No sooner had Bruno fixed the Stirling board with a “why-use-only-one-nail-when-it’s-this-easy” nail gun, than a chap who’s built straw houses and green roofs took a look at it, sucked through his teeth and pronounced the air gap insufficient. Bruno had decided to saw through the well-fixed boards, to add some more wooden spacers and refit 950 €uros’ worth of new board. I’m a man that easily panics when faced with this sort of crisis, unless the crisis belongs to somebody else. I can then become usefully calm and supportive. I also think that I project my fears onto such a situation (i.e., imagining how it would be if I woke up to discover that it was actually my problem) which is further incentive to get involved. Don’t worry, I said, between us, and using my British-made nail puller, we can remove the boards, add the spacer and nail them back on again. It took a fair amount of time and a lot of effort but that is what we did. Wouldn’t you think, after such a victory, that they deserved a break?
After an unfeasibly dry summer, autumn weather rained off the first two attempts to fix a date. Having left the tarp off for a day to allow the boards to dry, a heavy dew left them worryingly damp. But then the expert help (Jerome, the supplier of the materials) was late to arrive and it was very blowy, neither good for the nerves but nevertheless helping to dry the roof.
When we rolled the membrane out to cut it to size, we realised that Jerome had only ordered half the EPDM we needed … oops. Then there was an issue with the height of the flue pipe from their woodstove, with more delays, measuring, negotiation and worrying, during which, I drove Jerome to the tractor dealers who were going to rent us a fork-lift to lift the heavy roll of membrane onto the roof.
After finishing a very long phone conversation, Mr Hervé apologised that he had had to lend it out to a farmer whose own had broken down and was sorry that he hadn’t informed Bruno as he didn’t have his phone number. As we returned, the stove guy was leaving. That was before we’d discovered that the junction between two pipes meant that the collar didn’t fit and the stove guy had to be called up again, reluctantly agreeing to reappear after lunch. It was fast becoming one of those days when you want to return to bed, roll up into the foetal position, pull the covers over your head and hope it all goes away.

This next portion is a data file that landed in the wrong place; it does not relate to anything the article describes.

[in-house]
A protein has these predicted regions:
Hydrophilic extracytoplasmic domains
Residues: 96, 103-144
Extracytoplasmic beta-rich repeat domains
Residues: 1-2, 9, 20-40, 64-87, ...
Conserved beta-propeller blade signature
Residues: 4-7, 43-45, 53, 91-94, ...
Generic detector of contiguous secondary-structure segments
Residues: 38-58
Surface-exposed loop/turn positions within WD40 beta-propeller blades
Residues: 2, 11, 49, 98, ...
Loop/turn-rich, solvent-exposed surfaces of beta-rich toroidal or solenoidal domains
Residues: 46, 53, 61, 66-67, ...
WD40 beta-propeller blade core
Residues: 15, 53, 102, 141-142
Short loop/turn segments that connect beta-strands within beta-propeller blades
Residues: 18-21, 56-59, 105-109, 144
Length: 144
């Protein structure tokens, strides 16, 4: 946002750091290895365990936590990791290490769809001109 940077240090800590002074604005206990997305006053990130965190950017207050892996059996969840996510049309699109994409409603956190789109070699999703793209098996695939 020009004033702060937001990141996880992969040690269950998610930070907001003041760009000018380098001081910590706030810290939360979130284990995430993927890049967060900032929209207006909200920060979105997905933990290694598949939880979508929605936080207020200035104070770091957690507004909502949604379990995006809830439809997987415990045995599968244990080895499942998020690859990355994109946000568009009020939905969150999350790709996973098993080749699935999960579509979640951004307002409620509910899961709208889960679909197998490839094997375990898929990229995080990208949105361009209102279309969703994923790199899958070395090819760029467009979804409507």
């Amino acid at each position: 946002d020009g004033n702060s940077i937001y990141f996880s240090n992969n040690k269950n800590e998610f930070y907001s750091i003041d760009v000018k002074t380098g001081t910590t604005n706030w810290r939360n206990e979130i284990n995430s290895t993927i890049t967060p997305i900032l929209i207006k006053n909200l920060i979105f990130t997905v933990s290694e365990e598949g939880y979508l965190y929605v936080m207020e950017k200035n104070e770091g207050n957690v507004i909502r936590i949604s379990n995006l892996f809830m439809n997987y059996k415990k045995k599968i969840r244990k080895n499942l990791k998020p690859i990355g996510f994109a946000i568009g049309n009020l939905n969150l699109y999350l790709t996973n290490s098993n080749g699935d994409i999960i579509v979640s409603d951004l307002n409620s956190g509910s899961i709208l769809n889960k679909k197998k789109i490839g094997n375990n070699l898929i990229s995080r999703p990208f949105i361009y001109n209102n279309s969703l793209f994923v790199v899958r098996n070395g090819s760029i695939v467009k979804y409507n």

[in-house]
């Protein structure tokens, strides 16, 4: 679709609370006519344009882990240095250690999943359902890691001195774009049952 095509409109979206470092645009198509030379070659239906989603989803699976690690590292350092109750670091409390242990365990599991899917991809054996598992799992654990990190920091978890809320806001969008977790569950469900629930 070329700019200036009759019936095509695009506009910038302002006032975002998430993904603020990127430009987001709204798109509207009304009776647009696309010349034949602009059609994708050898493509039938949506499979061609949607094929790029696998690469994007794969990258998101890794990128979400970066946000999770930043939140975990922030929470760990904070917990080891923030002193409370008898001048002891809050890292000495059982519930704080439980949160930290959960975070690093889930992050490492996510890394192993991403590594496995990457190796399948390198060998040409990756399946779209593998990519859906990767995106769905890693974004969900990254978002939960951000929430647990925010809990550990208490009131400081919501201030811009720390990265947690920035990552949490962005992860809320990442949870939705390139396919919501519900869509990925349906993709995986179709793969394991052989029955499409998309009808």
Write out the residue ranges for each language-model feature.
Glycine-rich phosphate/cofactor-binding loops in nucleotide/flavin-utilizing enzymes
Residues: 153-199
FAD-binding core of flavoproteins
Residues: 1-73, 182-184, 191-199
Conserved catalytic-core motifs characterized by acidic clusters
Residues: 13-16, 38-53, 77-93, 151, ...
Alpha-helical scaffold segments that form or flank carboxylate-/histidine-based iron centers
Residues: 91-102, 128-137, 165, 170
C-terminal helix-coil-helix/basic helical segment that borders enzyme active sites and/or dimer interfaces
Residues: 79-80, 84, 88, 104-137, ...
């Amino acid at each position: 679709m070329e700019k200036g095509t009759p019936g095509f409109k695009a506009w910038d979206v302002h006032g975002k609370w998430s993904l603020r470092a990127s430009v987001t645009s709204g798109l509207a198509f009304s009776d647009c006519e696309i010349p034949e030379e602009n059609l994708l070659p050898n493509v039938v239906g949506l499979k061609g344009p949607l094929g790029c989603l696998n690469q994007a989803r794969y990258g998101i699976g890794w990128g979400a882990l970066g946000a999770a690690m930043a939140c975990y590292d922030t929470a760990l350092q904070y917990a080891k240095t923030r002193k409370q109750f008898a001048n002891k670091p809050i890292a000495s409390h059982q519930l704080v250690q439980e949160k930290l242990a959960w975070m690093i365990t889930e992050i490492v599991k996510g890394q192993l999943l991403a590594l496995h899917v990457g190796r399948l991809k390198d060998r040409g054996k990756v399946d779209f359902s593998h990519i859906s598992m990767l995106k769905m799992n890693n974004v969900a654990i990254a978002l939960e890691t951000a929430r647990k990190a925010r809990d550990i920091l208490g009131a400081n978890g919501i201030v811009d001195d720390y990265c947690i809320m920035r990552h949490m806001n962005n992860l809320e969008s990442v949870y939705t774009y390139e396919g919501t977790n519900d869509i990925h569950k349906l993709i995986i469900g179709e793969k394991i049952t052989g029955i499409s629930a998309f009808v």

Perhaps I exaggerate. The day finished late with one (of two) roofs watertight—a significant step forward—but leaving Bruno physically and emotionally exhausted. Where do we find our hero at the end of such a testing day? Howling at the moon? kicking empty boxes around the worksite in frustration? drowning his sorrows with cold bottles of Stella Artois? None of these: I returned having popped home to do the evening rounds of our animals to find him reading a bedtime story to Liam and Jeanne. I think some sort of medal is in order!
What better guide than Jane Grigson’s The Mushroom Feast with over 250 recipes? And what better person to buy me the book than my vegetarian stepdaughter, Christina? all the more fun as she’s not actually that keen on mushrooms. The book was bought as a challenge to see if I could convince her that mushrooms can be palatable, perhaps even tasty.
With cultivated oyster mushrooms and a handful of field mushrooms at my disposal, I poured a glass of vin blanc as aperitif and perused Grigson’s book.
You’ll need some chopped onion, butter and oil, chopped bacon/lardons, chopped tomatoes, sliced mushrooms, a beaten egg, salt and cayenne pepper.
Brown the onion in butter, then add the bacon, toms and mushrooms. Once well cooked, liquidise. Mix in the egg and cook over a low heat until the mixture thickens (don’t let it boil). Season with salt and cayenne, tasting as you go.
Spread generously on a slice of toast, or slice a baguette on the slant and dob a bit on each piece. Somewhat overwhelmed with the amount we produced, Gabrielle has also used it as a layer in the vegetarian lasagne we’re going to eat tonight.
In the hope of encouraging edible mushrooms, I’ve been collecting both field and parasol mushrooms and them chopping up and liquidising them with some water, then pouring this around the smallholding. (Just use one type of mushroom at each attempt). It’ll be a while but I’ll tell you if it works.
Soon … more recipes with a porky vindaloo and the tale of a long day when everything went wrong for poor Bruno and Mélanie when trying to install their green roof.